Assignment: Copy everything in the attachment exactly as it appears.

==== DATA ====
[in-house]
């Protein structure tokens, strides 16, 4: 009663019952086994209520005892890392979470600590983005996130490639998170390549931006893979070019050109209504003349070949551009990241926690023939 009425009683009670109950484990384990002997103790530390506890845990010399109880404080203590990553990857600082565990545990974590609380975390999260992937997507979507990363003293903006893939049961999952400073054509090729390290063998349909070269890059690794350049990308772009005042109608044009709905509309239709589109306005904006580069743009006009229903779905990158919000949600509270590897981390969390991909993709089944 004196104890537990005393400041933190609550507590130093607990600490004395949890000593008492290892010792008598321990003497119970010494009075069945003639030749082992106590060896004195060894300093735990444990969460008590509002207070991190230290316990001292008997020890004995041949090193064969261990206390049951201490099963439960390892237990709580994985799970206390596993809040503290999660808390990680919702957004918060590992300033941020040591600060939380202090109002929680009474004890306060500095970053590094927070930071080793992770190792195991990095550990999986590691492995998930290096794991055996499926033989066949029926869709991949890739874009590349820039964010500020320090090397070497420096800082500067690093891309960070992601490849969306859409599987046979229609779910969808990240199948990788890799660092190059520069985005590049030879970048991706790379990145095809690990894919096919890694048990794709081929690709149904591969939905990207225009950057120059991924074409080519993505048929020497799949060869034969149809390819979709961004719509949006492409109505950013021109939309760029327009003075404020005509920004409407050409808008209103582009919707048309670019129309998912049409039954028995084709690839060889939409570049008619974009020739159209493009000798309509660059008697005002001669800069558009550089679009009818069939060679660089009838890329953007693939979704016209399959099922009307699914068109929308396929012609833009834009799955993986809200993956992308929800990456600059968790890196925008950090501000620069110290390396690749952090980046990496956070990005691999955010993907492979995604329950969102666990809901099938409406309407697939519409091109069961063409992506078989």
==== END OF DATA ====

[in-house]
């Protein structure tokens, strides 16, 4: 009663019952086994209520005892890392979470600590983005996130490639998170390549931006893979070019050109209504003349070949551009990241926690023939 009425009683009670109950484990384990002997103790530390506890845990010399109880404080203590990553990857600082565990545990974590609380975390999260992937997507979507990363003293903006893939049961999952400073054509090729390290063998349909070269890059690794350049990308772009005042109608044009709905509309239709589109306005904006580069743009006009229903779905990158919000949600509270590897981390969390991909993709089944 004196104890537990005393400041933190609550507590130093607990600490004395949890000593008492290892010792008598321990003497119970010494009075069945003639030749082992106590060896004195060894300093735990444990969460008590509002207070991190230290316990001292008997020890004995041949090193064969261990206390049951201490099963439960390892237990709580994985799970206390596993809040503290999660808390990680919702957004918060590992300033941020040591600060939380202090109002929680009474004890306060500095970053590094927070930071080793992770190792195991990095550990999986590691492995998930290096794991055996499926033989066949029926869709991949890739874009590349820039964010500020320090090397070497420096800082500067690093891309960070992601490849969306859409599987046979229609779910969808990240199948990788890799660092190059520069985005590049030879970048991706790379990145095809690990894919096919890694048990794709081929690709149904591969939905990207225009950057120059991924074409080519993505048929020497799949060869034969149809390819979709961004719509949006492409109505950013021109939309760029327009003075404020005509920004409407050409808008209103582009919707048309670019129309998912049409039954028995084709690839060889939409570049008619974009020739159209493009000798309509660059008697005002001669800069558009550089679009009818069939060679660089009838890329953007693939979704016209399959099922009307699914068109929308396929012609833009834009799955993986809200993956992308929800990456600059968790890196925008950090501000620069110290390396690749952090980046990496956070990005691999955010993907492979995604329950969102666990809901099938409406309407697939519409091109069961063409992506078989």